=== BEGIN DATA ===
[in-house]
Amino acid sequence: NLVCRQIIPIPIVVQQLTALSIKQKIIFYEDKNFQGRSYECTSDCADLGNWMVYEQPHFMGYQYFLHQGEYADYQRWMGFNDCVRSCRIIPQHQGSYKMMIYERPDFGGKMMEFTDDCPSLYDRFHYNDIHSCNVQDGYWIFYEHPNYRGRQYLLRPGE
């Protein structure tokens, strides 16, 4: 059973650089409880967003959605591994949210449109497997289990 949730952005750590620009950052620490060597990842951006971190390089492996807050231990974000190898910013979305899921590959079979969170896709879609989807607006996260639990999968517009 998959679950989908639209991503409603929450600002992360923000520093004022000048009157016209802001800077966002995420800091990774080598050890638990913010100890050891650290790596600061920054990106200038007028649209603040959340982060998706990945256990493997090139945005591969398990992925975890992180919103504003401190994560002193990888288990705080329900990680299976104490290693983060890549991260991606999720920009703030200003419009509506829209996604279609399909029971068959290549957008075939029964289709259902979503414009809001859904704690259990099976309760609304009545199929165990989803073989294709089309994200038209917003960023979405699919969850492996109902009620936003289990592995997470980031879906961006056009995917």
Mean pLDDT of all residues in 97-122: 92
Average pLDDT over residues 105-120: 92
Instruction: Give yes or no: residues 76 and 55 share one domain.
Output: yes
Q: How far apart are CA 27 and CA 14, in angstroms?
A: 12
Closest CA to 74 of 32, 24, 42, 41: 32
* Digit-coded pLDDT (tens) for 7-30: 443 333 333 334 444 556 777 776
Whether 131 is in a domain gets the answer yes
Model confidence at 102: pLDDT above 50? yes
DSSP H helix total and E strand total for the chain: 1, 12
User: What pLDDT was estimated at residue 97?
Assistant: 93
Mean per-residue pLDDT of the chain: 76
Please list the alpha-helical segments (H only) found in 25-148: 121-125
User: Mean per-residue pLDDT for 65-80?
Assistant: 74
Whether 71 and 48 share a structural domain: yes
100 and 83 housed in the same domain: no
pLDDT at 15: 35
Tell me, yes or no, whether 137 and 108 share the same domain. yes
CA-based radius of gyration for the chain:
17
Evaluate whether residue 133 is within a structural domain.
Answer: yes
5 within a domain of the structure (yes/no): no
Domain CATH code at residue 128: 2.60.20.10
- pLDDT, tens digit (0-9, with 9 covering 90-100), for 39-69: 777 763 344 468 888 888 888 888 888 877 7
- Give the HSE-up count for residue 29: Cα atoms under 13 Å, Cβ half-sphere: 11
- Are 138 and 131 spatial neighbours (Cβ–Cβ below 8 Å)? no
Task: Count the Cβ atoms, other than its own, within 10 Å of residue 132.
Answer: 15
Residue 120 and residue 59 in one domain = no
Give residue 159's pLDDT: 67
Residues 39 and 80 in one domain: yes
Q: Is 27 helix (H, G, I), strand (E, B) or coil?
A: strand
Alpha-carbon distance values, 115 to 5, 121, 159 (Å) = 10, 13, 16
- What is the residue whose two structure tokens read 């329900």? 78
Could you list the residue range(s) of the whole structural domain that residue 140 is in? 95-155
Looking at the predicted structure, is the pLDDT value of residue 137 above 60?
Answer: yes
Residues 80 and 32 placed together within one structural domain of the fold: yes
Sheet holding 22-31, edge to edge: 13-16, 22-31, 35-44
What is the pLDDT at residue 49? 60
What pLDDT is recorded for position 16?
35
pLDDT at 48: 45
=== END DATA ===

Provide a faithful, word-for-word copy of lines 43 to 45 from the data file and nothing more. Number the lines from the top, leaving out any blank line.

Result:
Could you list the residue range(s) of the whole structural domain that residue 140 is in? 95-155
Looking at the predicted structure, is the pLDDT value of residue 137 above 60?
Answer: yes